This report documents the key findings of the science component of the Pacific-Australia Climate Change Science and Adaptation Planning (PACCSAP) Program (2011–2014). It describes new understanding of large-scale climate processes, variability and extremes in the western tropical Pacific (Figure 1.1), together with new projections for the 21st century based on Coupled Model Intercomparison Project (Phase 5) (CMIP5)-based global climate model (GCM) projections for individual countries. The projections are aligned with greenhouse gas and aerosol concentration scenarios and terminology adopted by the Intergovernmental Panel on Climate Change (IPCC) 2013 report; Climate Change 2013: The Physical Science Basis. Contribution of Working Group I to the Fifth Assessment Report of the Intergovernmental Panel on Climate Change. This new report supplements information from a previous report published jointly by the Australian Bureau of Meteorology and the Commonwealth Scientific and Industrial Research Organisation (CSIRO) in 2011 as part of the Pacific Climate Change Science Program (PCCSP), entitled: Climate change in the Pacific: Scientific assessment and new research – Volume 1: Regional Overview and Volume 2: Country reports.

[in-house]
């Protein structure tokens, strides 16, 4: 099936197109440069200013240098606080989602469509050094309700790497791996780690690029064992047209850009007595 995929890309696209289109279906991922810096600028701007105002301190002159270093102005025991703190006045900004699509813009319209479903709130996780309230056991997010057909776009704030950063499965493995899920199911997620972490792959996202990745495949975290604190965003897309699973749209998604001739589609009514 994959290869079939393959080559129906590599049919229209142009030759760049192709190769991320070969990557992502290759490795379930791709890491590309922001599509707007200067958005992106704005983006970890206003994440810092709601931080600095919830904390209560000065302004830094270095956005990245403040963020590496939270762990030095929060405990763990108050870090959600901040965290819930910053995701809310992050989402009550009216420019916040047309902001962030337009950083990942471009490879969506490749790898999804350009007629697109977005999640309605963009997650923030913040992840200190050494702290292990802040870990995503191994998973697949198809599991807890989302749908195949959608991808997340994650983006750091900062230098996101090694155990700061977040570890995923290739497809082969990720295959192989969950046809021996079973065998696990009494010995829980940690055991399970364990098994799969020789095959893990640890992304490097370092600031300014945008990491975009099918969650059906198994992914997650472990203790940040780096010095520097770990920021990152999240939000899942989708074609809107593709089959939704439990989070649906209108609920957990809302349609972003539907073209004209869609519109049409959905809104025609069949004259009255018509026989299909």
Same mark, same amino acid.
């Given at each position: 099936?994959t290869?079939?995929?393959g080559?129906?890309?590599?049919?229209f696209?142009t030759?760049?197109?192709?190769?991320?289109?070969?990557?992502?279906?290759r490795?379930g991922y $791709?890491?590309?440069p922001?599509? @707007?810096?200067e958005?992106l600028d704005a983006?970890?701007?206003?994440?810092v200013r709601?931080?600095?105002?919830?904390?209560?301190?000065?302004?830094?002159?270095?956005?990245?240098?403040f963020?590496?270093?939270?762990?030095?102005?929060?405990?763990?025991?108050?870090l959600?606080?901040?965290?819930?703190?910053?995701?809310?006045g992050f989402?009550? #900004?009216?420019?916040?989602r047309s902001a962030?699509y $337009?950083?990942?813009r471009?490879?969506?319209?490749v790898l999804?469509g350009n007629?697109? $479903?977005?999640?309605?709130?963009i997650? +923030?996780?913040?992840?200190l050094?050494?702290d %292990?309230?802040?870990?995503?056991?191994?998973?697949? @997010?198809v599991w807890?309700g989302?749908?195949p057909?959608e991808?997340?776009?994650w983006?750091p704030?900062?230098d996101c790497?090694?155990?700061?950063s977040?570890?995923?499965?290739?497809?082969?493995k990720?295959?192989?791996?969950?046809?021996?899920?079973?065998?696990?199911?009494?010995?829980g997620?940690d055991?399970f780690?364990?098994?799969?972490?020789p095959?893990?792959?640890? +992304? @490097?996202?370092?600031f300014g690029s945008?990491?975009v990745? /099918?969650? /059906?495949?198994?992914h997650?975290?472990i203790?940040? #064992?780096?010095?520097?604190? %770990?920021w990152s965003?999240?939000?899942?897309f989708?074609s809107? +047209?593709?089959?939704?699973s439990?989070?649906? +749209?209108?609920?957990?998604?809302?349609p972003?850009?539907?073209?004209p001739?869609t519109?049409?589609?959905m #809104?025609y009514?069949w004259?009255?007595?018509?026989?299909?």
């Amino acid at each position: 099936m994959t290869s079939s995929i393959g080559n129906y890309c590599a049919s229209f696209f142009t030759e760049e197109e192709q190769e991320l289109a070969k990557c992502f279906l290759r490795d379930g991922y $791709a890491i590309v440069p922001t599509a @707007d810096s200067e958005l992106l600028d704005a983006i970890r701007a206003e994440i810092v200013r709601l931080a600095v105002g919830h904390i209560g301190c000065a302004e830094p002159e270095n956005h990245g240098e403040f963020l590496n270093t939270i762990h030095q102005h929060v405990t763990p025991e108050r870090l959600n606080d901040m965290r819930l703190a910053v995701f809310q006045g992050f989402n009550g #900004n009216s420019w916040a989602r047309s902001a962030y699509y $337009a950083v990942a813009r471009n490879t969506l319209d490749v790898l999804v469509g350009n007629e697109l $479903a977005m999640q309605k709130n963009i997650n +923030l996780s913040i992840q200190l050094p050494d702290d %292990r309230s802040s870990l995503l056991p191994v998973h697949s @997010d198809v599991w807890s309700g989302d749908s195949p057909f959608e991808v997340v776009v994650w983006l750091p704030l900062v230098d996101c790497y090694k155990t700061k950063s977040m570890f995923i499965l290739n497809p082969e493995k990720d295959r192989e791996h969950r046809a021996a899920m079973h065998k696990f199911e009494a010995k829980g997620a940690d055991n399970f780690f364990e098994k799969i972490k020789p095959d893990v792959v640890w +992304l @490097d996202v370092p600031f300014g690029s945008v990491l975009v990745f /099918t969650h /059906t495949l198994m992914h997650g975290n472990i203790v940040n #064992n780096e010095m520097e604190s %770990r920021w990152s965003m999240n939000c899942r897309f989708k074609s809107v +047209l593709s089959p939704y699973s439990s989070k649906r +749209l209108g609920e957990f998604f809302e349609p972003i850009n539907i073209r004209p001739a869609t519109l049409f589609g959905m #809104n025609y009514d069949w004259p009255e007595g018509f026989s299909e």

Countries covered were Cook Islands, East Timor, Federated States of Micronesia, Fiji Islands, Kiribati, Marshall Islands, Nauru, Niue, Palau, Papua New Guinea, Samoa, Solomon Islands, Tonga, Tuvalu and Vanuatu.
The full report and chapter downloads are provided as WCAG2 compliant accessible PDF documents.
© 2014 Australian Bureau of Meteorology and Commonwealth Scientific and Industrial Research Organisation (CSIRO)
This publication should be cited as: Australian Bureau of Meteorology and CSIRO (2014). Climate Variability, Extremes and Change in the Western Tropical Pacific: New Science and Updated Country Reports. Pacific-Australia Climate Change Science and Adaptation Planning Program Technical Report, Australian Bureau of Meteorology and Commonwealth Scientific and Industrial Research Organisation, Melbourne, Australia.
Australian Bureau of Meteorology, CSIRO